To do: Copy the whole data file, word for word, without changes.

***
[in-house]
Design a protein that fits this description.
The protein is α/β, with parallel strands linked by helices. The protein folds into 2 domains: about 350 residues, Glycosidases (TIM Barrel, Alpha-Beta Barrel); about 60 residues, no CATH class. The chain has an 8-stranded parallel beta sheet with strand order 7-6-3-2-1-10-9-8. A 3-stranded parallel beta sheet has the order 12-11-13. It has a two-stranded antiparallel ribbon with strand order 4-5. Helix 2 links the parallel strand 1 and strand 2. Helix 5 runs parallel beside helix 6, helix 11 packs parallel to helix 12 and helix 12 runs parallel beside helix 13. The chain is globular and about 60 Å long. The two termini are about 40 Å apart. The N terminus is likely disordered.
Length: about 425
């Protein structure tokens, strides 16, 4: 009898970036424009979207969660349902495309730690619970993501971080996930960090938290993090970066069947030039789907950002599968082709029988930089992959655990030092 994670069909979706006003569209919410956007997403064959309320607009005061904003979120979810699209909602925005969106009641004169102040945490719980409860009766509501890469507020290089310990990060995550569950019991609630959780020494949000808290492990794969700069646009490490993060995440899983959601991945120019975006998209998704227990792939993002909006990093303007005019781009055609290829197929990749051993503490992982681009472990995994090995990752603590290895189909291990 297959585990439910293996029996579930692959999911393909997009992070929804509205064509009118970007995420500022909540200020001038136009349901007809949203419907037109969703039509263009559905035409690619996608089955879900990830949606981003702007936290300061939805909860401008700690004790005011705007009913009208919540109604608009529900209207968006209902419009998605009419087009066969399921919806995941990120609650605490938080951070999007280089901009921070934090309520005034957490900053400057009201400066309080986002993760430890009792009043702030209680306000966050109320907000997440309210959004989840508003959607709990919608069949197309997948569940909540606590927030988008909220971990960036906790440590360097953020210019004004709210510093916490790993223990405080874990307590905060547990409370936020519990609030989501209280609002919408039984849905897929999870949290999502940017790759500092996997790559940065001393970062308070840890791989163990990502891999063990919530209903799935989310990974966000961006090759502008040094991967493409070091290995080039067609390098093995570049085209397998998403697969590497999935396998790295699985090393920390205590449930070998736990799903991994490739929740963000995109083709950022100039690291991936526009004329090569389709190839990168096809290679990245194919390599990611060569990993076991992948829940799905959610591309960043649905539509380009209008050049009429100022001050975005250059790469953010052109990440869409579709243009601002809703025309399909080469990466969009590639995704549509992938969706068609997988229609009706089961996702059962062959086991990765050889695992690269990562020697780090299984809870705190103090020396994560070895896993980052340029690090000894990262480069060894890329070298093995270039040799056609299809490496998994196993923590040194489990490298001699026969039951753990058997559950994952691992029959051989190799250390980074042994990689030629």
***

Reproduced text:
[in-house]
Design a protein that fits this description.
The protein is α/β, with parallel strands linked by helices. The protein folds into 2 domains: about 350 residues, Glycosidases (TIM Barrel, Alpha-Beta Barrel); about 60 residues, no CATH class. The chain has an 8-stranded parallel beta sheet with strand order 7-6-3-2-1-10-9-8. A 3-stranded parallel beta sheet has the order 12-11-13. It has a two-stranded antiparallel ribbon with strand order 4-5. Helix 2 links the parallel strand 1 and strand 2. Helix 5 runs parallel beside helix 6, helix 11 packs parallel to helix 12 and helix 12 runs parallel beside helix 13. The chain is globular and about 60 Å long. The two termini are about 40 Å apart. The N terminus is likely disordered.
Length: about 425
């Protein structure tokens, strides 16, 4: 009898970036424009979207969660349902495309730690619970993501971080996930960090938290993090970066069947030039789907950002599968082709029988930089992959655990030092 994670069909979706006003569209919410956007997403064959309320607009005061904003979120979810699209909602925005969106009641004169102040945490719980409860009766509501890469507020290089310990990060995550569950019991609630959780020494949000808290492990794969700069646009490490993060995440899983959601991945120019975006998209998704227990792939993002909006990093303007005019781009055609290829197929990749051993503490992982681009472990995994090995990752603590290895189909291990 297959585990439910293996029996579930692959999911393909997009992070929804509205064509009118970007995420500022909540200020001038136009349901007809949203419907037109969703039509263009559905035409690619996608089955879900990830949606981003702007936290300061939805909860401008700690004790005011705007009913009208919540109604608009529900209207968006209902419009998605009419087009066969399921919806995941990120609650605490938080951070999007280089901009921070934090309520005034957490900053400057009201400066309080986002993760430890009792009043702030209680306000966050109320907000997440309210959004989840508003959607709990919608069949197309997948569940909540606590927030988008909220971990960036906790440590360097953020210019004004709210510093916490790993223990405080874990307590905060547990409370936020519990609030989501209280609002919408039984849905897929999870949290999502940017790759500092996997790559940065001393970062308070840890791989163990990502891999063990919530209903799935989310990974966000961006090759502008040094991967493409070091290995080039067609390098093995570049085209397998998403697969590497999935396998790295699985090393920390205590449930070998736990799903991994490739929740963000995109083709950022100039690291991936526009004329090569389709190839990168096809290679990245194919390599990611060569990993076991992948829940799905959610591309960043649905539509380009209008050049009429100022001050975005250059790469953010052109990440869409579709243009601002809703025309399909080469990466969009590639995704549509992938969706068609997988229609009706089961996702059962062959086991990765050889695992690269990562020697780090299984809870705190103090020396994560070895896993980052340029690090000894990262480069060894890329070298093995270039040799056609299809490496998994196993923590040194489990490298001699026969039951753990058997559950994952691992029959051989190799250390980074042994990689030629």